Thursday 2 September 2021

Made In China: Ethiopia’s Fleet Of Chinese UAVs

By Stijn Mitzer and Joost Oliemans

In addition to operating a number of UAVs sourced from Israel and even Iran, at least one more country has delivered unmanned aerial vehicles (UAVs) to Ethiopia in recent years. This country is of course China, whose readily available and inexpensive UAVs have meanwhile conquered large parts of Africa. Interestingly, these more often than not have consisted of commercial models utilised for a wide variety of military and civilian tasks rather than types specifically designed for military service.

That said, the participation of Chinese Wing Loong II unmanned combat aerial vehicles (UCAV) conducting operations on behalf of Ethiopia during the Tigray War has long been speculated by many. Supposedly operated by the United Arab Emirates out of Assab air base in neighbouring Eritrea, or acquired and operated by Ethiopia according to some others, no evidence has so far been brought forward that points towards the involvement of Chinese UCAVs during the Tigray War however. [1]

The actual inventory of Chinese drones in Ethiopian service is slightly less spectacular, and perhaps even decidedly lacklustre, consisting of a number of commercially available models sourced from a number of different companies. Rather than entering service with the Ethiopian National Defence Force (ENDF), the actual recipient of these drones appears to have been the Ethiopian Federal Police (EPF). While arguably less imposing than their military brethens, the operation of medium-sized UAVs by police forces is notable, even more so when it occurs in the African contingent.
Prior to the drone's delivery to Ethiopia, Ethiopian police officers attended a drone piloting training course organised by the Chinese Ministry of Public Security at an aviation school in Beijing in late 2018. Besides learning how to operate and maintain the drones, the attendants were also demonstrated several applied drone usages in scenarios such as rescue, fire emergency and reconnaissance as part of their training programme. [2]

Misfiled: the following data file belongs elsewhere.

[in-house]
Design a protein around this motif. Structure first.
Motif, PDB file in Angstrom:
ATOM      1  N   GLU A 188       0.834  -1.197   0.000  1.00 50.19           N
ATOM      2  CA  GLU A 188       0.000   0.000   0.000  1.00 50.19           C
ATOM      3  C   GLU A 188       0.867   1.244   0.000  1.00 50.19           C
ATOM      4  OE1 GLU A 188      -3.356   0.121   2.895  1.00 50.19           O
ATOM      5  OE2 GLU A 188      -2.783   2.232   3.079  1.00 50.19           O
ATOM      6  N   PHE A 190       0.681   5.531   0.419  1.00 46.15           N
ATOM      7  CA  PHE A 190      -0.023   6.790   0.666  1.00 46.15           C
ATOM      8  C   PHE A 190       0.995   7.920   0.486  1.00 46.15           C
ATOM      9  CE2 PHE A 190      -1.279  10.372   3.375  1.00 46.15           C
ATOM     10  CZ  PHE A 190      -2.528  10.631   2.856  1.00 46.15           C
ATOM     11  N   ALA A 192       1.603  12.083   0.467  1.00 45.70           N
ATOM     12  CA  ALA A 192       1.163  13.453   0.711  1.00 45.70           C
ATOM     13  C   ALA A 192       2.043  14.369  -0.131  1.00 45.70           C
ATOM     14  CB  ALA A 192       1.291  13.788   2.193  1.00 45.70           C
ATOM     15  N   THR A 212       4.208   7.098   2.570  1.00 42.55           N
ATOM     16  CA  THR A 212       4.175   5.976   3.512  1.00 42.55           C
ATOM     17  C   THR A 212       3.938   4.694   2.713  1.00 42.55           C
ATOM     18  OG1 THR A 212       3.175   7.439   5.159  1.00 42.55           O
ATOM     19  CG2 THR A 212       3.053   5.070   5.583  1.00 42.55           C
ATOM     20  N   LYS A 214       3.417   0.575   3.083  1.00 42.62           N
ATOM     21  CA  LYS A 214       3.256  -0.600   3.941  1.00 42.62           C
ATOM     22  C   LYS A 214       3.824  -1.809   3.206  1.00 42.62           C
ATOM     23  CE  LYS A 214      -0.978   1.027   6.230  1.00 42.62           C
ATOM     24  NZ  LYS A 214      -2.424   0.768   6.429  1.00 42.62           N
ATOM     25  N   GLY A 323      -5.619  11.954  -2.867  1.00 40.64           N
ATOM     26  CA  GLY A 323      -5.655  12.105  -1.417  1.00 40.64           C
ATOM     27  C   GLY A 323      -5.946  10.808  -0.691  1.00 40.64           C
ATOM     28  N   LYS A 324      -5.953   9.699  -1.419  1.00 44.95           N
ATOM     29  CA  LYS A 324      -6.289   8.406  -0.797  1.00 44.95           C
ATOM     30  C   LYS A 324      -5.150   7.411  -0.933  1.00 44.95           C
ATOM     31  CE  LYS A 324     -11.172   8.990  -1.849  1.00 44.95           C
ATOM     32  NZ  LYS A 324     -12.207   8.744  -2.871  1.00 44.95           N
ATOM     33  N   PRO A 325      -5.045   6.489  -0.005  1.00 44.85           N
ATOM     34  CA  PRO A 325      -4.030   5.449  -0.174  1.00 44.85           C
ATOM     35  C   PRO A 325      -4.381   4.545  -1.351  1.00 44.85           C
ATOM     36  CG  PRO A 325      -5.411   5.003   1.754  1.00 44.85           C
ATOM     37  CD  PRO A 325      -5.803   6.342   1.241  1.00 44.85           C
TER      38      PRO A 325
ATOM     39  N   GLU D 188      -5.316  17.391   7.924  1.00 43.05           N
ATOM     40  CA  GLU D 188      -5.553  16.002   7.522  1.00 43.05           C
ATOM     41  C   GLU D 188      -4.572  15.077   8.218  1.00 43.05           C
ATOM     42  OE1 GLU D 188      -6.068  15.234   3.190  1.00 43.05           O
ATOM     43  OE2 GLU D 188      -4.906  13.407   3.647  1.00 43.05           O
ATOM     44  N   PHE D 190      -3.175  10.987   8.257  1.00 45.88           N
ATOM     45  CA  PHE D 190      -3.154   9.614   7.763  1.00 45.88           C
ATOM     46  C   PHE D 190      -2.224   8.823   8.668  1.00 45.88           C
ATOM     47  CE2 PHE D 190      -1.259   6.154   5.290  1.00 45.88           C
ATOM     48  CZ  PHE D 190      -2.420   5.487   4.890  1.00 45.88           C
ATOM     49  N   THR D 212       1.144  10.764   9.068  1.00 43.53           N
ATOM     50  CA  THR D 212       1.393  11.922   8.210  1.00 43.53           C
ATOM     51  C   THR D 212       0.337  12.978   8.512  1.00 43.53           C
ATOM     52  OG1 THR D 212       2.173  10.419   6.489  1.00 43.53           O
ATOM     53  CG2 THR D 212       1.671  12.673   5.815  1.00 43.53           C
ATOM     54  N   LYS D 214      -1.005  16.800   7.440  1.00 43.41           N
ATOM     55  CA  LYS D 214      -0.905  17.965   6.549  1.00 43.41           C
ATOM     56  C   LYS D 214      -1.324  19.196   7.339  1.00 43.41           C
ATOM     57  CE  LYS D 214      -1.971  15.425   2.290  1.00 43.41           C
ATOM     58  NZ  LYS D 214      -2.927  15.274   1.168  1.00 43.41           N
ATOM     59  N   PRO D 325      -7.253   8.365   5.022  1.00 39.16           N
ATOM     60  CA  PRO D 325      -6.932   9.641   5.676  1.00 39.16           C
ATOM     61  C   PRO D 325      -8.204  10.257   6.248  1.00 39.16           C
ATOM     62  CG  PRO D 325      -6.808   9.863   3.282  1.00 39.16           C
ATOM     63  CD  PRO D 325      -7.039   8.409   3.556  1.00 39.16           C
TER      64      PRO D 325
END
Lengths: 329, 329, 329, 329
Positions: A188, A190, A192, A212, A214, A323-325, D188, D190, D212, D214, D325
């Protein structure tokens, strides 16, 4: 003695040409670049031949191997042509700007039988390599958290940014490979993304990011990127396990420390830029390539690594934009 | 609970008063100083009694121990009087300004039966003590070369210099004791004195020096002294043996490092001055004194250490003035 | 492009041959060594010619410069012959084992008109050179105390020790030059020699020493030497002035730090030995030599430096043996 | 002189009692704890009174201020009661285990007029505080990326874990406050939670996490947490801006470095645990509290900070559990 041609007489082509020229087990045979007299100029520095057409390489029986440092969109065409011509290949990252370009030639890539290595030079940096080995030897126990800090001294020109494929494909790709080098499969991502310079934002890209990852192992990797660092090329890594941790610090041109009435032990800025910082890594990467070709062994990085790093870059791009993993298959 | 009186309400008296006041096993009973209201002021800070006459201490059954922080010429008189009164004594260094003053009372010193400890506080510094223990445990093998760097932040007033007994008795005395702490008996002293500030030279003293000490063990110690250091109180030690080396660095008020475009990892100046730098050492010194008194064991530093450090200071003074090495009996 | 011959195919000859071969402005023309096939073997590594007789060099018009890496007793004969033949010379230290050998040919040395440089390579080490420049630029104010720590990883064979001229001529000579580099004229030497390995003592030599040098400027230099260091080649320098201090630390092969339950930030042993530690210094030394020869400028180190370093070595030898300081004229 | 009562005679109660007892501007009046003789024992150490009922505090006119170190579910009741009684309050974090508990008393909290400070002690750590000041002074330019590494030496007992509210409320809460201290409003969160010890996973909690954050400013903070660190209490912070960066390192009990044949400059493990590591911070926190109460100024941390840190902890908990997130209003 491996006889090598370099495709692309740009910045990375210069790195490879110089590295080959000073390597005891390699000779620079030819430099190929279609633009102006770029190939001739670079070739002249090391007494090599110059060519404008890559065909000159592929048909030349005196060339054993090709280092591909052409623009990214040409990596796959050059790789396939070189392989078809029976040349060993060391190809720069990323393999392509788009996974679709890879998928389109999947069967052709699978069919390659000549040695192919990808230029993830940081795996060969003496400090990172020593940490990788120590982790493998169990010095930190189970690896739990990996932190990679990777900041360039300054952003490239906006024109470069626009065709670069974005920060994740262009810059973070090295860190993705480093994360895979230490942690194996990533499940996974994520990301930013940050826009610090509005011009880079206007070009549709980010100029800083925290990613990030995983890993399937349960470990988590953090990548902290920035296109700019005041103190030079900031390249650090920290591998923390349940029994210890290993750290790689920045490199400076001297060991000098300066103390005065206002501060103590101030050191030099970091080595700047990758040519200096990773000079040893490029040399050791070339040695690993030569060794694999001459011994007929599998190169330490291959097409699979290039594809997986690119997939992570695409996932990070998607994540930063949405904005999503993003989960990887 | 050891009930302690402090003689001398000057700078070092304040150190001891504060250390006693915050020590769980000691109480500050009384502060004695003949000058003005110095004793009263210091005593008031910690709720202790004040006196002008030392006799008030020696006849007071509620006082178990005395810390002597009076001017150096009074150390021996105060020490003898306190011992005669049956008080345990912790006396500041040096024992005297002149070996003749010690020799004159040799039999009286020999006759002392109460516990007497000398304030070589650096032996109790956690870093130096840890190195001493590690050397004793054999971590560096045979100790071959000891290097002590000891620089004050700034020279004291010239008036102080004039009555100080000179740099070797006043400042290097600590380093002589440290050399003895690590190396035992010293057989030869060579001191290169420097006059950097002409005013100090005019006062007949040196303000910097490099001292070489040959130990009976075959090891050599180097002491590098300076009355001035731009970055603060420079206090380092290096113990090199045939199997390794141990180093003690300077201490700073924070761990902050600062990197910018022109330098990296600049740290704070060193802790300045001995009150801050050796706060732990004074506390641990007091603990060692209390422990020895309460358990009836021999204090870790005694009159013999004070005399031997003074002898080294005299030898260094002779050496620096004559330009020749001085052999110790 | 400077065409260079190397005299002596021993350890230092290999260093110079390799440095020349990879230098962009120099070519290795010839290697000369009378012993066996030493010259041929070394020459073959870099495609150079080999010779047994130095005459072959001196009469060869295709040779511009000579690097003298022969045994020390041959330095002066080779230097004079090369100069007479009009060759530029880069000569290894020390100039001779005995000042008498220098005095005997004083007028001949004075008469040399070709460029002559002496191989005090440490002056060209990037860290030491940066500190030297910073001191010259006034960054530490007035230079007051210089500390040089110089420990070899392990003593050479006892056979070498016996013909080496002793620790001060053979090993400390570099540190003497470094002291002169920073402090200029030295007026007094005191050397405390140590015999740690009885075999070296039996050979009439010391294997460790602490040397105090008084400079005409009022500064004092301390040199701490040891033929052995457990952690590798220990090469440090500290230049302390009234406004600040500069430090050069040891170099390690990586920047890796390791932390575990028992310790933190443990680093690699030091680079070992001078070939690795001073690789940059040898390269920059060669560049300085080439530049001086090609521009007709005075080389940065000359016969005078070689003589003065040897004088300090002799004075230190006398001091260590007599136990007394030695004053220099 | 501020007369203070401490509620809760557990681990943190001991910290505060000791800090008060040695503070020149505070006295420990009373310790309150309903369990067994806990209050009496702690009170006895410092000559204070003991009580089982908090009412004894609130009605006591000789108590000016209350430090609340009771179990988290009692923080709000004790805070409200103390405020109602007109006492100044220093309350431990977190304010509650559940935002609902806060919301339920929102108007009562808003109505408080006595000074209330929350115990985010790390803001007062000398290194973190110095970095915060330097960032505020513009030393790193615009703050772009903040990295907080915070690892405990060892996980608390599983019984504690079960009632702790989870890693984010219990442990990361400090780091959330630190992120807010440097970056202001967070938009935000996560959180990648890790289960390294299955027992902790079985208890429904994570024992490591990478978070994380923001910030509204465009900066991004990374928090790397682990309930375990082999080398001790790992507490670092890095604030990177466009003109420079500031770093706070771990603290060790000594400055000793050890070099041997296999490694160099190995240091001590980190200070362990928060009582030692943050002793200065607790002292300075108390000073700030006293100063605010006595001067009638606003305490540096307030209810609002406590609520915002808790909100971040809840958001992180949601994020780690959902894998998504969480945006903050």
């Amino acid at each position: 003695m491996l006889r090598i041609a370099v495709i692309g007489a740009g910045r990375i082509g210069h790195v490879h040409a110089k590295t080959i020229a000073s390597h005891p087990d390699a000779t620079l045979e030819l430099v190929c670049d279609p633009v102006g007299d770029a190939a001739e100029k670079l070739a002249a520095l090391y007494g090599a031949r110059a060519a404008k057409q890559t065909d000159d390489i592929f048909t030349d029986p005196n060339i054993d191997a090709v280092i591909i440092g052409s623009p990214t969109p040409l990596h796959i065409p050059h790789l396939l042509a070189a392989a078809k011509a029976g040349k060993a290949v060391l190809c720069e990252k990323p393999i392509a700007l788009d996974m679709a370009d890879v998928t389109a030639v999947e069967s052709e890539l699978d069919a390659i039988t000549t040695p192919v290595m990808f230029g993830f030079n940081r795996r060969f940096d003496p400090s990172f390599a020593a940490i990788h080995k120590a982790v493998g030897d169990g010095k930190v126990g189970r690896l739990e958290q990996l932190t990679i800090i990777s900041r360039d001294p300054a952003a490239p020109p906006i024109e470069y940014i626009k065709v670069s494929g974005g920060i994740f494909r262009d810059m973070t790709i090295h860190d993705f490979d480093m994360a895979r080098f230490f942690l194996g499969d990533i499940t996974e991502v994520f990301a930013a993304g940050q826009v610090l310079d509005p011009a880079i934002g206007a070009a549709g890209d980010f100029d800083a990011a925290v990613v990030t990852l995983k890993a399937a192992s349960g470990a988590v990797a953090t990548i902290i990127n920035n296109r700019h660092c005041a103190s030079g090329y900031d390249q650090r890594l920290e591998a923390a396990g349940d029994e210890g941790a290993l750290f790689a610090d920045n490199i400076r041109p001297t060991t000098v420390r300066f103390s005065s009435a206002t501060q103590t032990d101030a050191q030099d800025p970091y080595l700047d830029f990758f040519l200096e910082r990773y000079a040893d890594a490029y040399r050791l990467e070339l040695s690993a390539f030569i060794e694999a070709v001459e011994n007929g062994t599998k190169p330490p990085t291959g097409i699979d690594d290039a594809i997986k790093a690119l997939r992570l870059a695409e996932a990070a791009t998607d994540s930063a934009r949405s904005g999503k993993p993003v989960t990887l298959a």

A Chinese instructor demonstrates the features of the a ZT-3V VTOL UAS

Undoubtedly owing to the kind of operational scenarios Ethiopian police officers are liable to find themselves in throughout the mountainous country with little existing drone infrastructure, all types acquired by the EPF are vertical take-off and landing (VTOL) models. For increased efficiency during flight, at least two of the models can switch to horizontal flight mode after taking off vertically. [3] Several smaller VTOL types were purchased as well, although little is known regarding their subsequent use in the ranks of the Ethiopian police.

Presumably prompted by a lack of more suitable drone types for use during the early stages of the Tigray War, several of the drones were transferred to the Ethiopian Air Force in November 2020. [4] Interestingly, rather than quietly accepting the systems into service, the ENDF instead presented the drones in front of a news crew as indigenously-designed systems rather than commercially obtainable models from China. [4] The exact reasoning behind this cheap propaganda stunt is unclear, but was likely aimed at the domestic audience that has little reason to doubt the regime's narrative, and could use an assurance of Ethiopian military capabilities.

Whether called 'indigenously-designed' or simply commercially obtainable, a major drawback of the drones is the quality of their camera systems. Although this is to be expected from designs that cost a fraction of the price of their military counterparts, and would likely have posed little of a problem in police service, it is more likely to pose a hindrance in service with the ENDF. Practically speaking, it allows them to cover a smaller area while operating at a lower altitude, exposing them to ground fire from TPLF forces.
Though the presence of armed Chinese drones in action over Tigray remains a point of contention to some, the reality is in fact much different,with several commercially obtained models constituting the sole contribution to Ethiopia's unmanned fleet. Currently engaged in a conflict where UCAVs could play a decisive role, it is not unthinkable that Ethiopia will look to China once again for UAVs, this time in a more offensive role. Given the current state of Ethiopia's fresh civil war, a tender for a new type of UCAV to enter service on a rapid basis might well be on the way already.
[2] Ethiopian police officers attend drone piloting training program in Beijing
[4] Chief Commander of the Ethiopian Air Force, Maj. Gen. Yilma Merda.#Ethiopia #Tigray(Courtesy of EBC)